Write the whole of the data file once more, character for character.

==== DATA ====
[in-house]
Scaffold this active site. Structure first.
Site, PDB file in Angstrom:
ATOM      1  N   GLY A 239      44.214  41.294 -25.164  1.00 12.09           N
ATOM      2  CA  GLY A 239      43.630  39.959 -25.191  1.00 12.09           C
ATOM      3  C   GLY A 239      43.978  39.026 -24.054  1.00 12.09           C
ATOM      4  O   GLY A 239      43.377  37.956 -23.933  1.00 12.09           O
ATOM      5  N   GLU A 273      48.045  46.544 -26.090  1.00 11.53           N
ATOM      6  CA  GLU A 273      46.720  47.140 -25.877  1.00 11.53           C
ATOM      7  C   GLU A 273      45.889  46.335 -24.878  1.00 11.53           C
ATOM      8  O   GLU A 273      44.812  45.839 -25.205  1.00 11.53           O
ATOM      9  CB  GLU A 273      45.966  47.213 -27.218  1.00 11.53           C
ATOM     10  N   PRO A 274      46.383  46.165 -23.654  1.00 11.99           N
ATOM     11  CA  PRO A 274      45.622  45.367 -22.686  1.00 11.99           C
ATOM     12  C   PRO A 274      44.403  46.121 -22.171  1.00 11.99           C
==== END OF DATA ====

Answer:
[in-house]
Scaffold this active site. Structure first.
Site, PDB file in Angstrom:
ATOM      1  N   GLY A 239      44.214  41.294 -25.164  1.00 12.09           N
ATOM      2  CA  GLY A 239      43.630  39.959 -25.191  1.00 12.09           C
ATOM      3  C   GLY A 239      43.978  39.026 -24.054  1.00 12.09           C
ATOM      4  O   GLY A 239      43.377  37.956 -23.933  1.00 12.09           O
ATOM      5  N   GLU A 273      48.045  46.544 -26.090  1.00 11.53           N
ATOM      6  CA  GLU A 273      46.720  47.140 -25.877  1.00 11.53           C
ATOM      7  C   GLU A 273      45.889  46.335 -24.878  1.00 11.53           C
ATOM      8  O   GLU A 273      44.812  45.839 -25.205  1.00 11.53           O
ATOM      9  CB  GLU A 273      45.966  47.213 -27.218  1.00 11.53           C
ATOM     10  N   PRO A 274      46.383  46.165 -23.654  1.00 11.99           N
ATOM     11  CA  PRO A 274      45.622  45.367 -22.686  1.00 11.99           C
ATOM     12  C   PRO A 274      44.403  46.121 -22.171  1.00 11.99           C